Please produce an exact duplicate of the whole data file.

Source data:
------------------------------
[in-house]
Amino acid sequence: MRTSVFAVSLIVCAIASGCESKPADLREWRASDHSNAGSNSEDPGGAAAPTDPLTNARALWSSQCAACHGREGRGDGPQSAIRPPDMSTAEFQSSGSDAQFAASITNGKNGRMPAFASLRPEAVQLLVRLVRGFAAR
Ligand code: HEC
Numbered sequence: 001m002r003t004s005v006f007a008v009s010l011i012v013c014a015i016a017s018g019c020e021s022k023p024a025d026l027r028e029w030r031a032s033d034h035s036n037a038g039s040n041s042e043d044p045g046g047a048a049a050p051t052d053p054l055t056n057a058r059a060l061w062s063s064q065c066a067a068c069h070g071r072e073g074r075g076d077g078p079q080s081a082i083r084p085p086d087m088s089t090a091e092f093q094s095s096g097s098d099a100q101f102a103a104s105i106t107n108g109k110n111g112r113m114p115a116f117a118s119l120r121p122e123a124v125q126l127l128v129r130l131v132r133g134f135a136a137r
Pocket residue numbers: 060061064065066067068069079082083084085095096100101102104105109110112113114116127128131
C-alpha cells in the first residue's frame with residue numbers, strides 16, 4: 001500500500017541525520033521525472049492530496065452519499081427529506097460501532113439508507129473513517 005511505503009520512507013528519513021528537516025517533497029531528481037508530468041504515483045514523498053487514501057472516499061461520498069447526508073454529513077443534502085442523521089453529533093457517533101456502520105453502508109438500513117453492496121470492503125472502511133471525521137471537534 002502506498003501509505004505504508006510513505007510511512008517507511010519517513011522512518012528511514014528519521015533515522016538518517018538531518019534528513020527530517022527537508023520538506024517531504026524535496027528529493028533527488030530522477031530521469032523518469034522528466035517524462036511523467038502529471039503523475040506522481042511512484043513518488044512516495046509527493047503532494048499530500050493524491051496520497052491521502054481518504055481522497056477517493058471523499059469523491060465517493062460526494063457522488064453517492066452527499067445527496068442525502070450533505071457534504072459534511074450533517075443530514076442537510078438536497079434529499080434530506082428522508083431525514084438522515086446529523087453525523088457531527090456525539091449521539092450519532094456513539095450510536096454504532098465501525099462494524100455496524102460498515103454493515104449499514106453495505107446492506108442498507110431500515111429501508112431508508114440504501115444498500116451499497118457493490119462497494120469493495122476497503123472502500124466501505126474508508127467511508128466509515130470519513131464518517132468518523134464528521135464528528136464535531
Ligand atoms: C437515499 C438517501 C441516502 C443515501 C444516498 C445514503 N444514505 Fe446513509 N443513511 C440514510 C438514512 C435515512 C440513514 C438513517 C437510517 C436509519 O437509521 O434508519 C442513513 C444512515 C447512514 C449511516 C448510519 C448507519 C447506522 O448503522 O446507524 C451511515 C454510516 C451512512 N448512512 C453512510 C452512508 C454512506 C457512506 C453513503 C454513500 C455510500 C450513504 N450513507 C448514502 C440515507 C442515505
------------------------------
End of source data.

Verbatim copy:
[in-house]
Amino acid sequence: MRTSVFAVSLIVCAIASGCESKPADLREWRASDHSNAGSNSEDPGGAAAPTDPLTNARALWSSQCAACHGREGRGDGPQSAIRPPDMSTAEFQSSGSDAQFAASITNGKNGRMPAFASLRPEAVQLLVRLVRGFAAR
Ligand code: HEC
Numbered sequence: 001m002r003t004s005v006f007a008v009s010l011i012v013c014a015i016a017s018g019c020e021s022k023p024a025d026l027r028e029w030r031a032s033d034h035s036n037a038g039s040n041s042e043d044p045g046g047a048a049a050p051t052d053p054l055t056n057a058r059a060l061w062s063s064q065c066a067a068c069h070g071r072e073g074r075g076d077g078p079q080s081a082i083r084p085p086d087m088s089t090a091e092f093q094s095s096g097s098d099a100q101f102a103a104s105i106t107n108g109k110n111g112r113m114p115a116f117a118s119l120r121p122e123a124v125q126l127l128v129r130l131v132r133g134f135a136a137r
Pocket residue numbers: 060061064065066067068069079082083084085095096100101102104105109110112113114116127128131
C-alpha cells in the first residue's frame with residue numbers, strides 16, 4: 001500500500017541525520033521525472049492530496065452519499081427529506097460501532113439508507129473513517 005511505503009520512507013528519513021528537516025517533497029531528481037508530468041504515483045514523498053487514501057472516499061461520498069447526508073454529513077443534502085442523521089453529533093457517533101456502520105453502508109438500513117453492496121470492503125472502511133471525521137471537534 002502506498003501509505004505504508006510513505007510511512008517507511010519517513011522512518012528511514014528519521015533515522016538518517018538531518019534528513020527530517022527537508023520538506024517531504026524535496027528529493028533527488030530522477031530521469032523518469034522528466035517524462036511523467038502529471039503523475040506522481042511512484043513518488044512516495046509527493047503532494048499530500050493524491051496520497052491521502054481518504055481522497056477517493058471523499059469523491060465517493062460526494063457522488064453517492066452527499067445527496068442525502070450533505071457534504072459534511074450533517075443530514076442537510078438536497079434529499080434530506082428522508083431525514084438522515086446529523087453525523088457531527090456525539091449521539092450519532094456513539095450510536096454504532098465501525099462494524100455496524102460498515103454493515104449499514106453495505107446492506108442498507110431500515111429501508112431508508114440504501115444498500116451499497118457493490119462497494120469493495122476497503123472502500124466501505126474508508127467511508128466509515130470519513131464518517132468518523134464528521135464528528136464535531
Ligand atoms: C437515499 C438517501 C441516502 C443515501 C444516498 C445514503 N444514505 Fe446513509 N443513511 C440514510 C438514512 C435515512 C440513514 C438513517 C437510517 C436509519 O437509521 O434508519 C442513513 C444512515 C447512514 C449511516 C448510519 C448507519 C447506522 O448503522 O446507524 C451511515 C454510516 C451512512 N448512512 C453512510 C452512508 C454512506 C457512506 C453513503 C454513500 C455510500 C450513504 N450513507 C448514502 C440515507 C442515505